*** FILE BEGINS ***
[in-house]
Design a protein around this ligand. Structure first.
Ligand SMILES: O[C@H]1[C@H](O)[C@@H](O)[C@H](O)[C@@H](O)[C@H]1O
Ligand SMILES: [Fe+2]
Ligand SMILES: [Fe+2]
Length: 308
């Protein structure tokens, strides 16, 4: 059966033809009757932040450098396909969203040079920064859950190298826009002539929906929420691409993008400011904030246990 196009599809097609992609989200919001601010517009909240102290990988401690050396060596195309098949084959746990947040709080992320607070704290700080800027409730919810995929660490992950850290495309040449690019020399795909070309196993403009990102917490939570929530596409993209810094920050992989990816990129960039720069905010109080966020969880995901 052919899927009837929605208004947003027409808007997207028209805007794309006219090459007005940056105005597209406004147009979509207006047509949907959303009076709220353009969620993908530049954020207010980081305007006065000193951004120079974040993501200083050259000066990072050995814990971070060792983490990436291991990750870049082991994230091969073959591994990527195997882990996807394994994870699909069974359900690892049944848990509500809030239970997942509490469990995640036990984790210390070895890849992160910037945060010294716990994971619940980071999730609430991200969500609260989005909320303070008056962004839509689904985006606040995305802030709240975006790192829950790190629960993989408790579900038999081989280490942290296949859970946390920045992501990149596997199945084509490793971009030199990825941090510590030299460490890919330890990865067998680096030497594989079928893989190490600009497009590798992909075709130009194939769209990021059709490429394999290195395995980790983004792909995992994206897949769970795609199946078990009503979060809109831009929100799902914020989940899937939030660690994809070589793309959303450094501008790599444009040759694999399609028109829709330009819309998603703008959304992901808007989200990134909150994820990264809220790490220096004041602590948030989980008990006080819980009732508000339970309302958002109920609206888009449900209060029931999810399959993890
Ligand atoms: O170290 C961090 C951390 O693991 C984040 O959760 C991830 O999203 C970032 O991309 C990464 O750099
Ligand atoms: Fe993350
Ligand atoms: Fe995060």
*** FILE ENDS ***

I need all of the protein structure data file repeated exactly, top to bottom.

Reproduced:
[in-house]
Design a protein around this ligand. Structure first.
Ligand SMILES: O[C@H]1[C@H](O)[C@@H](O)[C@H](O)[C@@H](O)[C@H]1O
Ligand SMILES: [Fe+2]
Ligand SMILES: [Fe+2]
Length: 308
């Protein structure tokens, strides 16, 4: 059966033809009757932040450098396909969203040079920064859950190298826009002539929906929420691409993008400011904030246990 196009599809097609992609989200919001601010517009909240102290990988401690050396060596195309098949084959746990947040709080992320607070704290700080800027409730919810995929660490992950850290495309040449690019020399795909070309196993403009990102917490939570929530596409993209810094920050992989990816990129960039720069905010109080966020969880995901 052919899927009837929605208004947003027409808007997207028209805007794309006219090459007005940056105005597209406004147009979509207006047509949907959303009076709220353009969620993908530049954020207010980081305007006065000193951004120079974040993501200083050259000066990072050995814990971070060792983490990436291991990750870049082991994230091969073959591994990527195997882990996807394994994870699909069974359900690892049944848990509500809030239970997942509490469990995640036990984790210390070895890849992160910037945060010294716990994971619940980071999730609430991200969500609260989005909320303070008056962004839509689904985006606040995305802030709240975006790192829950790190629960993989408790579900038999081989280490942290296949859970946390920045992501990149596997199945084509490793971009030199990825941090510590030299460490890919330890990865067998680096030497594989079928893989190490600009497009590798992909075709130009194939769209990021059709490429394999290195395995980790983004792909995992994206897949769970795609199946078990009503979060809109831009929100799902914020989940899937939030660690994809070589793309959303450094501008790599444009040759694999399609028109829709330009819309998603703008959304992901808007989200990134909150994820990264809220790490220096004041602590948030989980008990006080819980009732508000339970309302958002109920609206888009449900209060029931999810399959993890
Ligand atoms: O170290 C961090 C951390 O693991 C984040 O959760 C991830 O999203 C970032 O991309 C990464 O750099
Ligand atoms: Fe993350
Ligand atoms: Fe995060």